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by Dave Cosper

Google-Caffeine-Logo.jpgThe paradigm of SEO is the consequence of its misuse. But that's what Caffeine is for - to clean up the mess. Of course there's good SEO, but anyone in the field
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has seen entire industries centered on paid and reciprocal link building. Not that either practice is inherently bad, they're just no longer sustainable. With Google Caffeine changes beginning to roll out over the past few months I've witnessed the proverbial rug being pulled out from this market. Unnatural links just no longer carry the weight they used to. This isn't a gradual shift - this is happening right now on a very large scale. The full Caffeine launch is coming soon or so the rumor goes.
From the recent SEO chatter I'm hearing, the unofficial word is Caffeine is live on over 80% of Google's data servers. Apparently the infrastructure is set and it's a matter of observing and testing datasets now. I've already noticed quicker more efficient indexing and fresh content rising much faster to the top of SERPs (Search Engine Results Pages). Which is nice.
The last we heard from Google's Matt Cutts on the subject was a blog entry back in Novemeber:
"I know that webmasters can get anxious around this time of year, so I wanted to reassure site owners that the full Caffeine roll out will happen after the holidays. Caffeine will go live at one data center so that we can continue to collect data and improve the technology, but I don't expect Caffeine to go live at additional data centers until after the holidays are over."
Well since Cutts' update, the holidays have long passed and webmasters are starting to see funny little occurrences in both site analytics and search results. This can only mean one thing, Caffeine is here - or at least a soft version.
While Google has always made significant progress in identifying and removing systematic "cheaters", these changes to the algorithm are more than a line drawn in the sand. Things like hidden text, unnatural keyword density and those comma separated lists are being heavily penalized. Sure, the buying and selling of links will continue, but as the masses catch onto the recent ineffectiveness of these practices it is inevitable clients will abate.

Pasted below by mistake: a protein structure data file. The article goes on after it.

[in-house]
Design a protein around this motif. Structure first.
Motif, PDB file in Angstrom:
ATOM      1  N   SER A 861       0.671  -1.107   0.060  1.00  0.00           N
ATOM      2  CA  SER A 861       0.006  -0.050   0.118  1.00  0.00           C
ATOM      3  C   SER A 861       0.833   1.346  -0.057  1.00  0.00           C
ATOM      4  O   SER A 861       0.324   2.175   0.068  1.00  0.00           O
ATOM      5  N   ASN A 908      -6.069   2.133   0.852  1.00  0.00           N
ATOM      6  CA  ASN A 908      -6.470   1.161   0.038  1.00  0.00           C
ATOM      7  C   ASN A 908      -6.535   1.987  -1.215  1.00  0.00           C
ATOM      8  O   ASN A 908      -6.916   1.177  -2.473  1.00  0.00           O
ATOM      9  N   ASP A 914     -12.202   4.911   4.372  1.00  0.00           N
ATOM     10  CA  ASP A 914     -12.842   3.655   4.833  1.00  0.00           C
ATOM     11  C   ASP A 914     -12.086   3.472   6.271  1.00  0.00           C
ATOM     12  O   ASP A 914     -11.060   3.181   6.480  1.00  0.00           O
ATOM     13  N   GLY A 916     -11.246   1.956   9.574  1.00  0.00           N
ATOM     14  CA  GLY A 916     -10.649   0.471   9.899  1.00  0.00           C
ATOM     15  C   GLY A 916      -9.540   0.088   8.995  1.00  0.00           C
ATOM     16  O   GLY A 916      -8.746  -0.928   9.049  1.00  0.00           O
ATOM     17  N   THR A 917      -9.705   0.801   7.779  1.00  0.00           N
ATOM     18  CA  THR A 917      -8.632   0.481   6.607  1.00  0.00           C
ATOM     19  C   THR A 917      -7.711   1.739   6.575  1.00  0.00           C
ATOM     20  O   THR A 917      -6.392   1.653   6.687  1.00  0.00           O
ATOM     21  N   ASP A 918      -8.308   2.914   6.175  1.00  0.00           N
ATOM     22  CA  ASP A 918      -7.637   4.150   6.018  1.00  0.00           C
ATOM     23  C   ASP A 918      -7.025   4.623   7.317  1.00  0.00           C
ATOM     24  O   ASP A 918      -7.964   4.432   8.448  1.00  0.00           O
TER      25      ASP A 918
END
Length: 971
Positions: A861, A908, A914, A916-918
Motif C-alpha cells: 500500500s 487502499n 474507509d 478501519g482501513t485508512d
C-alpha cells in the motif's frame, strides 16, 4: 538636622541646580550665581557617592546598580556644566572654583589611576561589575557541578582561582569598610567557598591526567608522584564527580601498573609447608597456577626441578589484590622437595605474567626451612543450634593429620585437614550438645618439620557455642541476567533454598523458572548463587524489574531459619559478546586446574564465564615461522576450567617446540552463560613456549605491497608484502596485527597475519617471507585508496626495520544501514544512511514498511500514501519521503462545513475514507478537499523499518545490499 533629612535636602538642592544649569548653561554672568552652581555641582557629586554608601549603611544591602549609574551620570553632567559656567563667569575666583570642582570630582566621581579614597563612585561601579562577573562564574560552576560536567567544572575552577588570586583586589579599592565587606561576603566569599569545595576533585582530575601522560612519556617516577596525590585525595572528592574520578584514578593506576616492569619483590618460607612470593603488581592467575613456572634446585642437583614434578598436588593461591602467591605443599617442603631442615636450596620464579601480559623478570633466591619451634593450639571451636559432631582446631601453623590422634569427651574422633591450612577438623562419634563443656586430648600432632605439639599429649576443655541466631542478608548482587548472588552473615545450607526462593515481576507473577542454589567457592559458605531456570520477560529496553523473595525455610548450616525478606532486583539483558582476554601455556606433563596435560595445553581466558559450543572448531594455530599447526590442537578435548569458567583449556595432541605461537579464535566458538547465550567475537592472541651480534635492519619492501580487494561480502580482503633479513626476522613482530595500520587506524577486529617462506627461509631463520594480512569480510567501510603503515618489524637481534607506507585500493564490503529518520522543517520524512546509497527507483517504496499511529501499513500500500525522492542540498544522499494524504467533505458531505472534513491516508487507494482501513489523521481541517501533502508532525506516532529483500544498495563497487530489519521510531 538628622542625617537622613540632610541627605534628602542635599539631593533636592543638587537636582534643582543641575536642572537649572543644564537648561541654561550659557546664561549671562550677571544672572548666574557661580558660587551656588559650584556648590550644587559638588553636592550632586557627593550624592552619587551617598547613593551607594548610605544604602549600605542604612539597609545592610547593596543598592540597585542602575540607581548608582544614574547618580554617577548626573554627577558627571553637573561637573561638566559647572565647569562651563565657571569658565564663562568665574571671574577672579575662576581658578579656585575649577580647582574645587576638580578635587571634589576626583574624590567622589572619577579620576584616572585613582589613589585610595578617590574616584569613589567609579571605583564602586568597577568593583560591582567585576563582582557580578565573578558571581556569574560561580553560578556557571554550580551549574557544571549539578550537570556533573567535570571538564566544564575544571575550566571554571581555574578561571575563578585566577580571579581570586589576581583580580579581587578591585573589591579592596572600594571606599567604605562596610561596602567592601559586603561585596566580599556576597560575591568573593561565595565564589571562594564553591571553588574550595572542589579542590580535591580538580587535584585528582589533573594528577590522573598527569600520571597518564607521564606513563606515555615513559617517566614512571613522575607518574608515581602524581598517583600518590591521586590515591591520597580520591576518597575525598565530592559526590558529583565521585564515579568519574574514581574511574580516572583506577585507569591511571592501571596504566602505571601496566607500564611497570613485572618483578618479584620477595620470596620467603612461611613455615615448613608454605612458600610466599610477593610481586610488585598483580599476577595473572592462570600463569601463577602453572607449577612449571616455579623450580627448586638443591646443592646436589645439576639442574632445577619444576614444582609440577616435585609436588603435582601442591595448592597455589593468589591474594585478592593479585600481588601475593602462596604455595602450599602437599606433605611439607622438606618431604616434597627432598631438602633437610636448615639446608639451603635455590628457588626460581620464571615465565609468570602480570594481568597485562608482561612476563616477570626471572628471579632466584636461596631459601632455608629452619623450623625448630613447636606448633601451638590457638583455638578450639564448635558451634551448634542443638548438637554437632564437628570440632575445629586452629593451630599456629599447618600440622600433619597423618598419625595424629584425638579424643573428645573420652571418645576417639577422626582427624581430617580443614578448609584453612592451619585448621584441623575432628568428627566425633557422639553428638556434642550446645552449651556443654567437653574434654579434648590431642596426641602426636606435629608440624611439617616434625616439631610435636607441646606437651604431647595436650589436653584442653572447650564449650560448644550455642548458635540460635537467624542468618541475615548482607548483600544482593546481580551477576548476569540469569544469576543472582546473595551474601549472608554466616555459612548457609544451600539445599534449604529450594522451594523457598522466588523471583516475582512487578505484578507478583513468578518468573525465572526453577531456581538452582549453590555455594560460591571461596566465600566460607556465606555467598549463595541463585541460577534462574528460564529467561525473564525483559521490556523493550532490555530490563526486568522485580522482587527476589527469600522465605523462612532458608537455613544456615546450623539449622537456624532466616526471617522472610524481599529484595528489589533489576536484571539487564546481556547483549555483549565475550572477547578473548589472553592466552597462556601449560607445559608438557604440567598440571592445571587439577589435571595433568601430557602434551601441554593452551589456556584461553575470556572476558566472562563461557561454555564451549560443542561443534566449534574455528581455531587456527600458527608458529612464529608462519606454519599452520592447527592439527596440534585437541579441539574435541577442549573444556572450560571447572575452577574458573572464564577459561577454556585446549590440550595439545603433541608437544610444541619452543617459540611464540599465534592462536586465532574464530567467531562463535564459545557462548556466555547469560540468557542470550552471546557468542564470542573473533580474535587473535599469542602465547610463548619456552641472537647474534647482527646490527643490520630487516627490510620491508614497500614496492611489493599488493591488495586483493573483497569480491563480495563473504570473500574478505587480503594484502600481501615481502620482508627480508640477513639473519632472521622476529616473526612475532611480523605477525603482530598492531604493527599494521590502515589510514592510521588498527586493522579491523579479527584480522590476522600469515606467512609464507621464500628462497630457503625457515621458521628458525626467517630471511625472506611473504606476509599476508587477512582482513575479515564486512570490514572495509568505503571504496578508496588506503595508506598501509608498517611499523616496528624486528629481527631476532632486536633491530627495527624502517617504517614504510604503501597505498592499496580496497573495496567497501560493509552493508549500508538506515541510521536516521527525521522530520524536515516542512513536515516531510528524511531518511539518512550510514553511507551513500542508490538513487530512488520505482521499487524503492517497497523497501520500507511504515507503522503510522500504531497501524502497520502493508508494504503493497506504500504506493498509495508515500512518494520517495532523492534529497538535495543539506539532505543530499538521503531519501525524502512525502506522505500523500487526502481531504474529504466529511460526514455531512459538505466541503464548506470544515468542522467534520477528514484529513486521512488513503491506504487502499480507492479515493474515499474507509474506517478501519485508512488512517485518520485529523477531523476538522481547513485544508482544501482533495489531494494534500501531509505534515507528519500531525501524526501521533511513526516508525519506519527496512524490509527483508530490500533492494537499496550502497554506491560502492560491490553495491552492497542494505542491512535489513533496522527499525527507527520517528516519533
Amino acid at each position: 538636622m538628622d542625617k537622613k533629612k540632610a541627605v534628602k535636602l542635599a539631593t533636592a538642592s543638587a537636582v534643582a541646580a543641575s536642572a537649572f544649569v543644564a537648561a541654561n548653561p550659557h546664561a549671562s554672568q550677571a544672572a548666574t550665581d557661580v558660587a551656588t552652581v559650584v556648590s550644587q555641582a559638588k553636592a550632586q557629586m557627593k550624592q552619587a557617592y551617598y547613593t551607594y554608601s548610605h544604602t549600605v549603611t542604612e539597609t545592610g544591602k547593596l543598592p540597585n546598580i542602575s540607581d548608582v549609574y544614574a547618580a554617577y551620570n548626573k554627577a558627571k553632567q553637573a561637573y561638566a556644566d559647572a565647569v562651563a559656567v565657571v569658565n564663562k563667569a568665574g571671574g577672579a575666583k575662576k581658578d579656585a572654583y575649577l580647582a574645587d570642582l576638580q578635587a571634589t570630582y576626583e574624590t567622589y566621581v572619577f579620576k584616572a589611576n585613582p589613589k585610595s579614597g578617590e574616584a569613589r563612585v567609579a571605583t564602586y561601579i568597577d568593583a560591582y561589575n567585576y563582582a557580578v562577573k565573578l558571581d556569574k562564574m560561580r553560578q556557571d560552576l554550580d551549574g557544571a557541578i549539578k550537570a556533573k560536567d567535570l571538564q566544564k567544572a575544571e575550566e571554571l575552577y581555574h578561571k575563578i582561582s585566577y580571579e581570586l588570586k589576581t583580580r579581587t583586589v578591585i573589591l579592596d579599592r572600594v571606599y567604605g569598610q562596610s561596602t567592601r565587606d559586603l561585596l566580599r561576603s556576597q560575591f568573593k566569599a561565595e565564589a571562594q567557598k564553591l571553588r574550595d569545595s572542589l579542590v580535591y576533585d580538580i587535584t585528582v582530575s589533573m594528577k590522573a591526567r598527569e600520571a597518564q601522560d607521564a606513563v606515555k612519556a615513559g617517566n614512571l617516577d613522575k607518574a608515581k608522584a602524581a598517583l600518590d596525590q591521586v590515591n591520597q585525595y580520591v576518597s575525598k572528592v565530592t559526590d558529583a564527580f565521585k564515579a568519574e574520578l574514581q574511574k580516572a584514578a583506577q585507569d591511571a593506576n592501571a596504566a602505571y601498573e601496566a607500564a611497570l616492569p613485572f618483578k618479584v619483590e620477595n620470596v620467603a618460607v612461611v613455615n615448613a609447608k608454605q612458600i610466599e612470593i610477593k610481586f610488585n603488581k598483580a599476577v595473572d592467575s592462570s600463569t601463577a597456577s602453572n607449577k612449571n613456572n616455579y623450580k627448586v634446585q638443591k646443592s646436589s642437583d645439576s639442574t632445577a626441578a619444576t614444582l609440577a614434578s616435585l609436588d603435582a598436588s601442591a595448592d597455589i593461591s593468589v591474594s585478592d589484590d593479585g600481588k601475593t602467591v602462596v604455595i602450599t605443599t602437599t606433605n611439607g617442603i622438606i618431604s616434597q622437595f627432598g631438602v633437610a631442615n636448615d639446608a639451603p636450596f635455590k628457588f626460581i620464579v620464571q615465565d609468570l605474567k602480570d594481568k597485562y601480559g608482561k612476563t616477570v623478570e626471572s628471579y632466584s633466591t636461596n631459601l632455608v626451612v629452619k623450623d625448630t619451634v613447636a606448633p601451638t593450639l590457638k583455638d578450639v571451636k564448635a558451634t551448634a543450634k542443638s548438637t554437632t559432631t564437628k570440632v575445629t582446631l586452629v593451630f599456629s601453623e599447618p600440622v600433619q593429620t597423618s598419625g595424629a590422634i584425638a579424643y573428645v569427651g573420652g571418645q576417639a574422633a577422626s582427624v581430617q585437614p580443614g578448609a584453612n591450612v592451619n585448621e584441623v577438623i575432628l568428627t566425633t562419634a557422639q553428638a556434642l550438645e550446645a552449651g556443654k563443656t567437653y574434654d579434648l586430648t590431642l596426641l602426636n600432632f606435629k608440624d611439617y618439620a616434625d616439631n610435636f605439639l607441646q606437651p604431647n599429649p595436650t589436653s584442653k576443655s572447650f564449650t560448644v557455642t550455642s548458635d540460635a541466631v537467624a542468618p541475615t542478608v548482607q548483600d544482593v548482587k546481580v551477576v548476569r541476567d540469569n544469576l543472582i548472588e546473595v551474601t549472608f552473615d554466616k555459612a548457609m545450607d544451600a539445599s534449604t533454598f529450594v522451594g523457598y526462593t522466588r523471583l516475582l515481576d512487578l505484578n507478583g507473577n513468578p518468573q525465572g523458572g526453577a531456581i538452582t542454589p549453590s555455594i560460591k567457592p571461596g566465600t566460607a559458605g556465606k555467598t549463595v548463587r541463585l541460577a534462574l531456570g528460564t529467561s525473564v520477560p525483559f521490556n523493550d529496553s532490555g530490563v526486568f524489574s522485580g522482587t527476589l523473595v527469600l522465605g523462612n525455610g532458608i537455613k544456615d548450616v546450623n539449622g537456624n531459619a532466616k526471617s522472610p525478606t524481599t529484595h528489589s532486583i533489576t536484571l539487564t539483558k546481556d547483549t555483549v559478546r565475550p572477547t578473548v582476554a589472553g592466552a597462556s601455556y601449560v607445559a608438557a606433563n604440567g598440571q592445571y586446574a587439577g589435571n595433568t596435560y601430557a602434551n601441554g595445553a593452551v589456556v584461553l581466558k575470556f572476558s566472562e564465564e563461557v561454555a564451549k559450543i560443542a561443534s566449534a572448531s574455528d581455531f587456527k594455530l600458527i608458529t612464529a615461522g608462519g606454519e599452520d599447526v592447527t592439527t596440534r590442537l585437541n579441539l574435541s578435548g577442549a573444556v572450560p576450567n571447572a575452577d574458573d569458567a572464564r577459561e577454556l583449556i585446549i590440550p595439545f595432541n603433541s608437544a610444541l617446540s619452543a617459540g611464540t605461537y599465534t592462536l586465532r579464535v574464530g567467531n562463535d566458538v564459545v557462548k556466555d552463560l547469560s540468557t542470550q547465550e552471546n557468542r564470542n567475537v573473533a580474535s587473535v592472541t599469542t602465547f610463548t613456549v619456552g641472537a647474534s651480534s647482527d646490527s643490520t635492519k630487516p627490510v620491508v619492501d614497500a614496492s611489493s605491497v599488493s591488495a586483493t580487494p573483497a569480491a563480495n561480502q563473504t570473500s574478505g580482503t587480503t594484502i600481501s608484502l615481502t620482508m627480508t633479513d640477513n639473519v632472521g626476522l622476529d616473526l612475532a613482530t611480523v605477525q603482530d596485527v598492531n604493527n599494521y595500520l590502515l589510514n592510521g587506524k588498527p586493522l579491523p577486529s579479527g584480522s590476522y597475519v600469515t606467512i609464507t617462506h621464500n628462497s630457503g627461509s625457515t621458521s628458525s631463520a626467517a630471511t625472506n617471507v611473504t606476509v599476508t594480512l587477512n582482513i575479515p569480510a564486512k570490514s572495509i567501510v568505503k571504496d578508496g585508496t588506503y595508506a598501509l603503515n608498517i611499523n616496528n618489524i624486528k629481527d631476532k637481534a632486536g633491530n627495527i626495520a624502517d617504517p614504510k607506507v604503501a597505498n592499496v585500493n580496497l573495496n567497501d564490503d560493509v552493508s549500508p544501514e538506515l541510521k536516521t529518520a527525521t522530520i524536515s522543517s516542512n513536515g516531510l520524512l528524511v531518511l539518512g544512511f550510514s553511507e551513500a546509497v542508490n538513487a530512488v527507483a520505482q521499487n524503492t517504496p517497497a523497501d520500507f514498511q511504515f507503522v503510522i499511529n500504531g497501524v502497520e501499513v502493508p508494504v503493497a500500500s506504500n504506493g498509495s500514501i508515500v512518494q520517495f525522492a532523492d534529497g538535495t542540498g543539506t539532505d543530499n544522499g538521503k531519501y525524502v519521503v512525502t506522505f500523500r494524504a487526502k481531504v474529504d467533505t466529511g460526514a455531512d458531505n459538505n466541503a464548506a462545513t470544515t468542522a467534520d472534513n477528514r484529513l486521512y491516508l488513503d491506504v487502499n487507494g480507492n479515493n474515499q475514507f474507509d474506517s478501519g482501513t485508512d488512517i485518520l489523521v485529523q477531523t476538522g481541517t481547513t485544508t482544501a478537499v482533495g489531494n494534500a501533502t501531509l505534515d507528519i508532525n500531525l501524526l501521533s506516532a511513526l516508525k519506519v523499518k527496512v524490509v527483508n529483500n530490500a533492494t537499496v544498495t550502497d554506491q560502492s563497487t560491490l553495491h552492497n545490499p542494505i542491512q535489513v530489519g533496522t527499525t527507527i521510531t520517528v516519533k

To avoid speaking too soon (and there are still many unknowns and no official word from the Big G), I've been holding off on publishing this article for weeks. I'm still trying to get a handle on some of the odd fluctuations in site metrics attributed to what's undoubtedly bits and pieces of the Caffeine implementation. If you follow Google's patent activity, there's been some interesting recent activity in the area of phrase-based indexing. This could perhaps be a clue to what webmasters are witnessing as significant traffic drops relating to "long-tail keywords". Because Google remains so tight lipped on the roll out, everything is a best guess (that's my official disclaimer).
There has actually been websites set up to provide side-by-side comparisons between the old and new Google algorithm, including and The funny thing is, when I go to these sites now I can't seem to differentiate "old" and "new" anymore. Hmmm.
Compare-Google-Caffeine.pngAs early as March, we began witnessing significant changes on a week to week basis in indexing discrepancies - not to mention another TB PageRank update. It would be easy to associate many of these changes with the PR update, although I think it's clear we're seeing more than that. Like almost everyone else, amid the flurry, our entire web staff at EZlocal has taken a baited breath wait and see approach. So far so good, our site has been a beneficiary.